As it is, the crowd, even on exciting plays, seems a little subdued and would have benefited from being thrust into a surround sound state. A few nitpicks aside this is a very capable stereo presentation for anyone who wants to relive these games over and over and over again.

Special Features

  • Mini-Movies (HD) – These movies are the absolute best part of the set. Each game has a mini-movie that chronicles the game in a more dramatic look back, with intense music and a narrator explaining what took place. Each mini-movie is about four minutes long, but I couldn't help but wonder how much better this set would have been if it would have followed the mini-movie style and made an in-depth documentary instead of just regurgitating the games we already witnessed.
  • Press Conference Footage (HD) – On the fourth disc there's press conference footage for each game. Players like Kobe Bryant, Paul Pierce, Rajon Rondo, and Pau Gasol all offer their insights into specific games. Coaches Doc Rivers and Phil Jackson also make appearances talking about what they did right or wrong during the games. Many NBA press conferences always sound alike with coaches saying stuff like "We came out and played hard. We knew we needed this win. We're just taking it one game at a time." Although it's always fun to hear Ron Artest talk about anything. He's just about the only guy who's really open with his feelings and probably the only player to ever thank his psychiatrist as a person that affected the outcome of an NBA playoff series. Oh, and you get to witness the infamous line uttered from Kobe when a reporter asks how this championship feels and Kobe says it's the best one yet, and now he's got one more than Shaq.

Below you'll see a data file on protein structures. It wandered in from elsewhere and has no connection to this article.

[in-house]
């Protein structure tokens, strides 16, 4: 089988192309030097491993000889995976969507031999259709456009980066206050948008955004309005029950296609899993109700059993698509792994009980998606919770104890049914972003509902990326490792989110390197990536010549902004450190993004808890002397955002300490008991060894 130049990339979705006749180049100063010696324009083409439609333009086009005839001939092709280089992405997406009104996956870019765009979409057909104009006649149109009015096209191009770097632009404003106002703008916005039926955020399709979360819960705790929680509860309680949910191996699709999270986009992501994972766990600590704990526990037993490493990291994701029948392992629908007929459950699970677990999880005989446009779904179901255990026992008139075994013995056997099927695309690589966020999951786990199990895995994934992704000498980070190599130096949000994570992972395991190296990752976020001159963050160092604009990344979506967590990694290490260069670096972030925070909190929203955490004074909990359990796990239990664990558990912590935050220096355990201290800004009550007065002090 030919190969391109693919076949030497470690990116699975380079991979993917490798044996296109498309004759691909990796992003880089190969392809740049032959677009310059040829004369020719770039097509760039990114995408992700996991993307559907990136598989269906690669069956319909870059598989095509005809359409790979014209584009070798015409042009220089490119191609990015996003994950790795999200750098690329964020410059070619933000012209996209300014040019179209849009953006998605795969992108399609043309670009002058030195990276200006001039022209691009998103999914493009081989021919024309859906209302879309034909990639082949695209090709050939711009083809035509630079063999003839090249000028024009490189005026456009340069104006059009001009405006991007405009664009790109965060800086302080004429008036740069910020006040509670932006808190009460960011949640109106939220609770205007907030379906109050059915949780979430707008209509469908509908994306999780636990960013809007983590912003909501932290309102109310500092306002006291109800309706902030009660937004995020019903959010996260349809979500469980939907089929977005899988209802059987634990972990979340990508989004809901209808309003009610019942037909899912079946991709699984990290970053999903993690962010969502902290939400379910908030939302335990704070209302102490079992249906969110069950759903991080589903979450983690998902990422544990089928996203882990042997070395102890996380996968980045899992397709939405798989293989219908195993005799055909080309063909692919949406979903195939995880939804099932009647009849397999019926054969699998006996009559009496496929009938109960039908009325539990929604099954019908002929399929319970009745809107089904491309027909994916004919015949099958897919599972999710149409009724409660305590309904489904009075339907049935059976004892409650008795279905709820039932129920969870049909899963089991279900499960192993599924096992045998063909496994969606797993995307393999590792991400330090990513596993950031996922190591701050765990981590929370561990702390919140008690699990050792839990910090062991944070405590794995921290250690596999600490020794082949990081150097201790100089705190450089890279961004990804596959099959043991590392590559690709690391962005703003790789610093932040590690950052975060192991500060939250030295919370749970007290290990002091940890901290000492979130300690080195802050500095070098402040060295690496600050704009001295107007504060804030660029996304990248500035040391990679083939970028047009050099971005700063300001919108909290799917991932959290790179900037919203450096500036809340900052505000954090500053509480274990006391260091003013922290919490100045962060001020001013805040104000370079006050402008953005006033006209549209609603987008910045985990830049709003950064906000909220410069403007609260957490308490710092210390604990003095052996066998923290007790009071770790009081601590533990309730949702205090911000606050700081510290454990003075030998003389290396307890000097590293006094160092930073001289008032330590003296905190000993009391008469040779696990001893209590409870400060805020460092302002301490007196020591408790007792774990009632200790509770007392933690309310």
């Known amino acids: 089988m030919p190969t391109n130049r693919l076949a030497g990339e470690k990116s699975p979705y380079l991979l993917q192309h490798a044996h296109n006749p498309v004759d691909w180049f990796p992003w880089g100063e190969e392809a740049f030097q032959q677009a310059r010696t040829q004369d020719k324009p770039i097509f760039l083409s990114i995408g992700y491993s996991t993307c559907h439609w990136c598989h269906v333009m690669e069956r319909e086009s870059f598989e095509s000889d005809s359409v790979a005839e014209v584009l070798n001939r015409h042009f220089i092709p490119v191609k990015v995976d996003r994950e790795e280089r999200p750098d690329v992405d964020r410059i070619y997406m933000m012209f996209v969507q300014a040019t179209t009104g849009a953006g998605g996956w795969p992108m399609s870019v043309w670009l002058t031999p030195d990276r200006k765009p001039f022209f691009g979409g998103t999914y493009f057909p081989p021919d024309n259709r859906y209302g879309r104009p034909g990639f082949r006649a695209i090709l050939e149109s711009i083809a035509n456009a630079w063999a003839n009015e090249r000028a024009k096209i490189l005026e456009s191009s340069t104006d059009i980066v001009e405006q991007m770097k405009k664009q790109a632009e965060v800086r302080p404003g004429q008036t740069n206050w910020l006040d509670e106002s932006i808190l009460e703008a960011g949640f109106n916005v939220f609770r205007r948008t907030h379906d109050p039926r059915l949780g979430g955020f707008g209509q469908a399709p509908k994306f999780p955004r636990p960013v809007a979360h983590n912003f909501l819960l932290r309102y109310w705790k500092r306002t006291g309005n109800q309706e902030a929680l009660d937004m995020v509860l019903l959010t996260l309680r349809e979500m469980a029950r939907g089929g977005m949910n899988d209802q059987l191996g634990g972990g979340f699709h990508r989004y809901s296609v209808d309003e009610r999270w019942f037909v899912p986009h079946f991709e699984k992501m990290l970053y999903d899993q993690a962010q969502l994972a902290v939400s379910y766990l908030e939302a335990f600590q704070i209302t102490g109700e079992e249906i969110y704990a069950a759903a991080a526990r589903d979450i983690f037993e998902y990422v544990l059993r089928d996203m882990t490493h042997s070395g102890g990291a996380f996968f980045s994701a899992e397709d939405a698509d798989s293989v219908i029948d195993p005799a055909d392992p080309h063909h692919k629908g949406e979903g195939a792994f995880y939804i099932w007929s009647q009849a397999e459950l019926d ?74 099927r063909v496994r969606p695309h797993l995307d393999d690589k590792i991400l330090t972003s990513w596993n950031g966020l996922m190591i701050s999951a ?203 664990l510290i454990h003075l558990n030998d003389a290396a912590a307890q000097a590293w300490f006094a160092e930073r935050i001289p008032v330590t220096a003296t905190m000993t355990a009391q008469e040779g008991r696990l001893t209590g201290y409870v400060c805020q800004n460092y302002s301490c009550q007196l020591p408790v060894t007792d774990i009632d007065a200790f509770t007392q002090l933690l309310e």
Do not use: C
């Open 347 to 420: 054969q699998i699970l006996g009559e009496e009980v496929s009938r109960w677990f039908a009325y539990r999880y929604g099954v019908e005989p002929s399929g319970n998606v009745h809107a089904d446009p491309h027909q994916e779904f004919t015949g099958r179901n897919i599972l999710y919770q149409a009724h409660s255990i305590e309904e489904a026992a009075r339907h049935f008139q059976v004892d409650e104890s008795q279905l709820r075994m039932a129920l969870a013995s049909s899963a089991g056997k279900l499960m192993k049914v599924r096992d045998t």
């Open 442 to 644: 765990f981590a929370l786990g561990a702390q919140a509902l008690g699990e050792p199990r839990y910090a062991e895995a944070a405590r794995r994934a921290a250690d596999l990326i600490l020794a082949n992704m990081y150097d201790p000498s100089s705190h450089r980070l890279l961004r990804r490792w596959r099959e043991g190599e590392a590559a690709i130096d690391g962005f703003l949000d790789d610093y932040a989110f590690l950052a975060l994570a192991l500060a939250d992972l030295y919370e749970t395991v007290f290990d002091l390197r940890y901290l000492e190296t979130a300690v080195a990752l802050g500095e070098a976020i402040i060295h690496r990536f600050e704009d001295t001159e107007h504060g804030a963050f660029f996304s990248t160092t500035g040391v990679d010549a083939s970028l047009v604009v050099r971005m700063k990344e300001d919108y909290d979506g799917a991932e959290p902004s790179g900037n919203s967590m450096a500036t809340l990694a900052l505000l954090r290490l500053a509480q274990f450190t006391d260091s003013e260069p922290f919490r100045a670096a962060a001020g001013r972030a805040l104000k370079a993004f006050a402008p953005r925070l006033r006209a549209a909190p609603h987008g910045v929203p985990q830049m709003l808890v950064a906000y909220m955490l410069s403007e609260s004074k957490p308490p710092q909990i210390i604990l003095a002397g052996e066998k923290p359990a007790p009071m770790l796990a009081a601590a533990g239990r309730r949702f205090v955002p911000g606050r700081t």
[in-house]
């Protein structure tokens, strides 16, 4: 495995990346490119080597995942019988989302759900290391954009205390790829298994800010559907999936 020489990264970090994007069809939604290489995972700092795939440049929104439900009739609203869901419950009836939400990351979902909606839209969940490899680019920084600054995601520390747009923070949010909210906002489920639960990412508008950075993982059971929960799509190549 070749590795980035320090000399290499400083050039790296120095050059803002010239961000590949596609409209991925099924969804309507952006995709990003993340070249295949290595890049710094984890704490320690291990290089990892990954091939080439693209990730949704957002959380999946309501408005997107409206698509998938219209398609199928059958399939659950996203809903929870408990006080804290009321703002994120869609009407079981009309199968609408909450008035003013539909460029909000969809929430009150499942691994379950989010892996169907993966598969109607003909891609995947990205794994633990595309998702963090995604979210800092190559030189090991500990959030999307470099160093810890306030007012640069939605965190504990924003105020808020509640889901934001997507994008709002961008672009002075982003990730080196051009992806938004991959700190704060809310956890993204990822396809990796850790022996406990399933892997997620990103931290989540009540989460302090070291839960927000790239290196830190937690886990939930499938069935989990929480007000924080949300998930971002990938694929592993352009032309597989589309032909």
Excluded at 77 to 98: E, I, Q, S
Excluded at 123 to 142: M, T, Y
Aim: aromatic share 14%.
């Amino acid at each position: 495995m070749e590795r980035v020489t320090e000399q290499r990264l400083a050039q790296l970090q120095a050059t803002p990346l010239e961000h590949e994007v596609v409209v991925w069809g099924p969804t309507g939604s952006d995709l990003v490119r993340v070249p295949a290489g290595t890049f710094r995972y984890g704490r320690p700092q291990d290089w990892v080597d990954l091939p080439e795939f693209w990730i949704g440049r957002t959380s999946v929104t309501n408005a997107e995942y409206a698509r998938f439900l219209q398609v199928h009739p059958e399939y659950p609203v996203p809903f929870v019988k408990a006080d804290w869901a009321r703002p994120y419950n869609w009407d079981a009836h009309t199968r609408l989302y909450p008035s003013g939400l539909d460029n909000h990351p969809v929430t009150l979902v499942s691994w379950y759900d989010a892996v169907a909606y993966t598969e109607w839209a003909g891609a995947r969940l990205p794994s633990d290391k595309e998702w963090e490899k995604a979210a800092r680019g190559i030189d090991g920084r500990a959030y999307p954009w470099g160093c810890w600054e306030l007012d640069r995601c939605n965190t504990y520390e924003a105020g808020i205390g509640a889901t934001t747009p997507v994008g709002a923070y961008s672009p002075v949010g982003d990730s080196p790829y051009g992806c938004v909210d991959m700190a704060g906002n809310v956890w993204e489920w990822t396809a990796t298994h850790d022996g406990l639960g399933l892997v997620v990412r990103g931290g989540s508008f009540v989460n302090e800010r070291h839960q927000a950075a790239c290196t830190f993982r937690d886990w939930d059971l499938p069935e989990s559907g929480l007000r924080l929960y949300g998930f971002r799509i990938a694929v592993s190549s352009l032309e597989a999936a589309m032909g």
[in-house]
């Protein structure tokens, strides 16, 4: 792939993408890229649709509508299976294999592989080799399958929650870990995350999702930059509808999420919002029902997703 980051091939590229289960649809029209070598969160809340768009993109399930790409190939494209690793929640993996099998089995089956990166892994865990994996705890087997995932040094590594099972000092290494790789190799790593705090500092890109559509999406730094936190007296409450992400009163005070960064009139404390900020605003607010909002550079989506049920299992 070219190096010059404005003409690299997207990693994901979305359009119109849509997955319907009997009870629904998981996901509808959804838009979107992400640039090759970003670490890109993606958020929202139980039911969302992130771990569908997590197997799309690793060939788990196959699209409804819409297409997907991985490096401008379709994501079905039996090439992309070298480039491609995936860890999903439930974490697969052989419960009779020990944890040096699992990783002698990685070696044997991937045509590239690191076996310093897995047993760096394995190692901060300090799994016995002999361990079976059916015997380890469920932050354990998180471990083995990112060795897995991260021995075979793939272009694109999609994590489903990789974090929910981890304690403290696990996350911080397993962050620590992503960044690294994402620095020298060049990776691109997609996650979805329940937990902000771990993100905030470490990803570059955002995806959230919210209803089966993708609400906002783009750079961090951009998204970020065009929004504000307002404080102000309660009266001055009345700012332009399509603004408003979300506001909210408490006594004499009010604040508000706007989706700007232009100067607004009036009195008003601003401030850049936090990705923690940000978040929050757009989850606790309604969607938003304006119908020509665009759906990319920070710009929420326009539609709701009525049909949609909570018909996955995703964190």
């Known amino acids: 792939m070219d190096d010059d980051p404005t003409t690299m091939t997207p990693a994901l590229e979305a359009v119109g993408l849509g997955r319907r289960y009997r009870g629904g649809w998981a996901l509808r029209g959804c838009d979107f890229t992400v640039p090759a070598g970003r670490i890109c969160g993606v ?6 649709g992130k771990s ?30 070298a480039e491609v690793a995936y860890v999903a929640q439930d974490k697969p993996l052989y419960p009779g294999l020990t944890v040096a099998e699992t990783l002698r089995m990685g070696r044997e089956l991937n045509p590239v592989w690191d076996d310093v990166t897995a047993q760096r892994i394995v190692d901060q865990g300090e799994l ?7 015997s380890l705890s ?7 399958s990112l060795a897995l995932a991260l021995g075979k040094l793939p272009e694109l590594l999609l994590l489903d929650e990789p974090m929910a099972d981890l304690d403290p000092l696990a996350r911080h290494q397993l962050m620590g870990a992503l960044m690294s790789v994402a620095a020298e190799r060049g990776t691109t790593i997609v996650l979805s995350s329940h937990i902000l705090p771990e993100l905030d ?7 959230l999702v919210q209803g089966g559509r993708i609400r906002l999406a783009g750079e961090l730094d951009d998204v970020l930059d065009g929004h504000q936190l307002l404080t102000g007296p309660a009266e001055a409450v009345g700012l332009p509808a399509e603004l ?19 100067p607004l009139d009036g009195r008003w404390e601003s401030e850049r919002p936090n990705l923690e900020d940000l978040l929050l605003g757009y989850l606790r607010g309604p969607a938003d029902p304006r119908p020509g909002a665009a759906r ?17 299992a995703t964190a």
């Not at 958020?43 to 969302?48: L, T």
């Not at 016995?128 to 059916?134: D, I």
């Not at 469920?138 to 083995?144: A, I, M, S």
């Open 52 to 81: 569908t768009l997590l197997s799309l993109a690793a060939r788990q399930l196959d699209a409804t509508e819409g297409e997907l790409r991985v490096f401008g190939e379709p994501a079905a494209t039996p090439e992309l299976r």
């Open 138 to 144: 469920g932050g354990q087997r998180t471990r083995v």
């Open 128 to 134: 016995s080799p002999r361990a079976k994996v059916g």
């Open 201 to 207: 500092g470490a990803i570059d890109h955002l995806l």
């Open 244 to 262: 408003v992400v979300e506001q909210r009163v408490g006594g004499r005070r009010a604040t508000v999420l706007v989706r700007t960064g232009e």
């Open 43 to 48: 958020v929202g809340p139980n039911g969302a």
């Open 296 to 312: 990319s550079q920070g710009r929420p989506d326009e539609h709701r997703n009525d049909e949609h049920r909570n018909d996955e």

• Statistics – Each game you can click on "Statistics" in the menu and see the box score from that specific game.
  • Scores – Like Statistics you can click on "Scores" and it will show you the individualized scores for each quarter of that game.

Final Thoughts

My only recommendation would be to those who actually find it fun to relive past playoff games in their entirety. Even as a huge NBA fan I couldn't imagine wanting to sit down and watch this over and over. This set really just boggles my mind. However, the video is much better than the television broadcast, and there are some cool extras to go along with the games, like the Mini-Movies and the Press Conference footage. With all that said, I still recommend skipping this just because it's seven full NBA games and not much else. If this series or season would have been recut with locker room footage, in-depth footage in huddles, and a highlight reel then this might have been a set worth owning. As it is, it seems superfluous and ultimately unnecessary.